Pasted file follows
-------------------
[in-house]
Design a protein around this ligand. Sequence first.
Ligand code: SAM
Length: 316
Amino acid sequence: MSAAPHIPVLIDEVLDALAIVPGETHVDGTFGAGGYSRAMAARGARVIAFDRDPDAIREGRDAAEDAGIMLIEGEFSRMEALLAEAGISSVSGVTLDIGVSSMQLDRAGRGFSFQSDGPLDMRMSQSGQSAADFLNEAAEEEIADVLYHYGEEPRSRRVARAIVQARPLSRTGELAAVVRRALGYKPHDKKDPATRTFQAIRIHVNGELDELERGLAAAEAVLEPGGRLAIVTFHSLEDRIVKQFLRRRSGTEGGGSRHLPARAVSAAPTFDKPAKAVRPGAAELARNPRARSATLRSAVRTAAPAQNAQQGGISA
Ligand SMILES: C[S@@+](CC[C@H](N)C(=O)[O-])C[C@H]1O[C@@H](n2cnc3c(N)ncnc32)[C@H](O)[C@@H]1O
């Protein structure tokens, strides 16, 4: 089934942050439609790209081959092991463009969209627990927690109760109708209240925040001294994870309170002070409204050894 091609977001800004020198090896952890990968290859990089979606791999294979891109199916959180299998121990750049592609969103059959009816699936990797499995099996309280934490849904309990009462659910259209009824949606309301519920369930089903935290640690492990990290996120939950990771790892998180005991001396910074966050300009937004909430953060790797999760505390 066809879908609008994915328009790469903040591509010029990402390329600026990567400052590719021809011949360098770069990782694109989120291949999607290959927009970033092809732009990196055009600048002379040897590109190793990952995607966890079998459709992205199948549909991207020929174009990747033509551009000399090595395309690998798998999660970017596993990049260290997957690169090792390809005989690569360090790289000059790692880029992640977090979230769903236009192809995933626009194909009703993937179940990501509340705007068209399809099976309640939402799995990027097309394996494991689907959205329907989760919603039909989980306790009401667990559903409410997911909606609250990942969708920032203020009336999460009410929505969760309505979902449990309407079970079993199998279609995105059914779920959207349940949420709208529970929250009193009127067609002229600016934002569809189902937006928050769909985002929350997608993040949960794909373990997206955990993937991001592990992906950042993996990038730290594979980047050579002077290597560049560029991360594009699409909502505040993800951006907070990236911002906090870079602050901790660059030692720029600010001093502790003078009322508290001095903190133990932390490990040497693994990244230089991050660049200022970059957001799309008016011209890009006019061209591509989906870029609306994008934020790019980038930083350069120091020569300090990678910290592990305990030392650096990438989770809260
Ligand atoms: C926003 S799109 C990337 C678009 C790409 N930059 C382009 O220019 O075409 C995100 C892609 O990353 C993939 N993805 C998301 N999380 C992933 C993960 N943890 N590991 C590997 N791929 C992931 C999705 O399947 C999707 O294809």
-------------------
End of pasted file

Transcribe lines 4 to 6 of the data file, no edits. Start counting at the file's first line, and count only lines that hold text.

Length: 316
Amino acid sequence: MSAAPHIPVLIDEVLDALAIVPGETHVDGTFGAGGYSRAMAARGARVIAFDRDPDAIREGRDAAEDAGIMLIEGEFSRMEALLAEAGISSVSGVTLDIGVSSMQLDRAGRGFSFQSDGPLDMRMSQSGQSAADFLNEAAEEEIADVLYHYGEEPRSRRVARAIVQARPLSRTGELAAVVRRALGYKPHDKKDPATRTFQAIRIHVNGELDELERGLAAAEAVLEPGGRLAIVTFHSLEDRIVKQFLRRRSGTEGGGSRHLPARAVSAAPTFDKPAKAVRPGAAELARNPRARSATLRSAVRTAAPAQNAQQGGISA
Ligand SMILES: C[S@@+](CC[C@H](N)C(=O)[O-])C[C@H]1O[C@@H](n2cnc3c(N)ncnc32)[C@H](O)[C@@H]1O